Few sites in Waco capture the richness and complexity of the city’s history better than First Street Cemetery. The city’s oldest resting place, it holds the remains of many of Waco’s prominent early residents. However, its caretaking and development leave a checkered legacy.
Located along the south bank of the Brazos River, Waco established the “City Cemetery” to inter the remains of its citizens. Beginning in 1852, what became First Street Cemetery progressed in four stages as the city’s expanding population necessitated more burial space. The local Masonic Lodge buried its members there. In 1868, the International Order of Odd Fellows—another fraternal organization—purchased additional land in which to inter its members. Then finally, a permit from the city government in 1882 allotted space for “colored persons.” Despite these enlargements, the cemetery suffered from overcrowding. Bodies were often buried on top of one another and gravesites were poorly marked.
It is the lack of care that distinguished First Street Cemetery from other burial sites in Waco. Unlike other cemeteries in town, First Street did not possess an association charged with maintaining the space. From its inception, the graveyard suffered from perpetual neglect, vandalism, and, due to its riverside location, flooding. The City of Waco struggled to consistently address these issues.
News reports at the turn of the twentieth century expressed Wacoans’ frustrations at the dilapidated condition of the cemetery. As a result, the surviving families of some people interred at First Street elected to rebury remains at another location. The poor state of the cemetery, combined with the lack of records on the space, increasingly made it into a site considered for new development.
In 1967, the City of Waco received federal funding to turn a portion of the cemetery into Fort Fisher and the Texas Ranger Hall of Fame and Museum. To do so required the relocation of headstones and remains in the area slated for development. Some Wacoans expressed mixed feelings about the transfer, but received assurances from the city that burial sites were receiving proper care. After the relocation, construction commenced and Fort Fisher opened to the public in 1968.
However, the choices made during renovation reverberated into the twenty-first century. In 2006, the city granted permission for the expansion Fort Fisher to include a building for the Texas Ranger Company “F” Headquarters. The city hired an archeologist to study the proposed site prior to construction. After a cursory examination, he recommended that building commence.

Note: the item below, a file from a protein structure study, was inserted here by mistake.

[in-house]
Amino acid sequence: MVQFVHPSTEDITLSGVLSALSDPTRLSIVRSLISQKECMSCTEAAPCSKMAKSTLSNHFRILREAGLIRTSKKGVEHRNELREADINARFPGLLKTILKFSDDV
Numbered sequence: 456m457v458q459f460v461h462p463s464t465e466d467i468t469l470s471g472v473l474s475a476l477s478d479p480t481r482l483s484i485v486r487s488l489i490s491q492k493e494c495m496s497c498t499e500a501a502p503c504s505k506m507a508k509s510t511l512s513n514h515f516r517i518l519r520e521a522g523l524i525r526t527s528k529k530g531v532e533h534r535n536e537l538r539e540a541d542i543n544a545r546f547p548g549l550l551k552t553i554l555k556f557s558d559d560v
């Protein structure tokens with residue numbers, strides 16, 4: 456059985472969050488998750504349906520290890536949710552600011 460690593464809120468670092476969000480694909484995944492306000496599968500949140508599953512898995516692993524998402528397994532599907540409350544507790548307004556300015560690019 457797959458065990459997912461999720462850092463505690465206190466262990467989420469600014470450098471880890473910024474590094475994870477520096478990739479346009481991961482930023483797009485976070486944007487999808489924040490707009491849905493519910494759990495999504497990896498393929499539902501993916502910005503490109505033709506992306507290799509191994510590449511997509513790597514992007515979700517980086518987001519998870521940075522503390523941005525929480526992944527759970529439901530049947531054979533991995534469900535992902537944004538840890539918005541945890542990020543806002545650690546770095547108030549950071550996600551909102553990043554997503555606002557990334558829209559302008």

Work on the site did not last long. The digging of initial trenches in 2007 quickly uncovered remains, demonstrating that the 1967 construction only relocated headstones, not those interred there. It also disclosed a lack of due diligence in the archeological study done for the expansion. A team of forensic anthropologists and archeologists soon arrived in Waco and began excavating and analyzing the site. Over several years, the process uncovered the remains of over two hundred people. They contained important insights about nineteenth-century burial practices, like the frequent appearance of ornamental coffins that indicated the internment of people with some means. Wacoans responded to these revelations by banding together to ensure the dead and their remains were treated with dignity and respect.
Composed of a cross-section of the Waco community, the First Street Cemetery Memorial Advisory Committee formed in 2013 to address the practical issues raised by the revelations about the development of the graveyard. Throughout their five years of operation, the committee proved instrumental in finding a reburial site for the remains at Rosemound Cemetery and placing a historical marker at the site. As a sign of care and respect, they chose to reinter the remains in cedar coffins rather than cardboard boxes. The report they filed and the public meetings they conducted helped keep the community informed and engaged with the activities at the cemetery.
Maintaining the cemetery continues to be a challenge into the present. Headstones and plots manifest different degrees of care. To date, no community organization has received permission from the city to maintain the cemetery.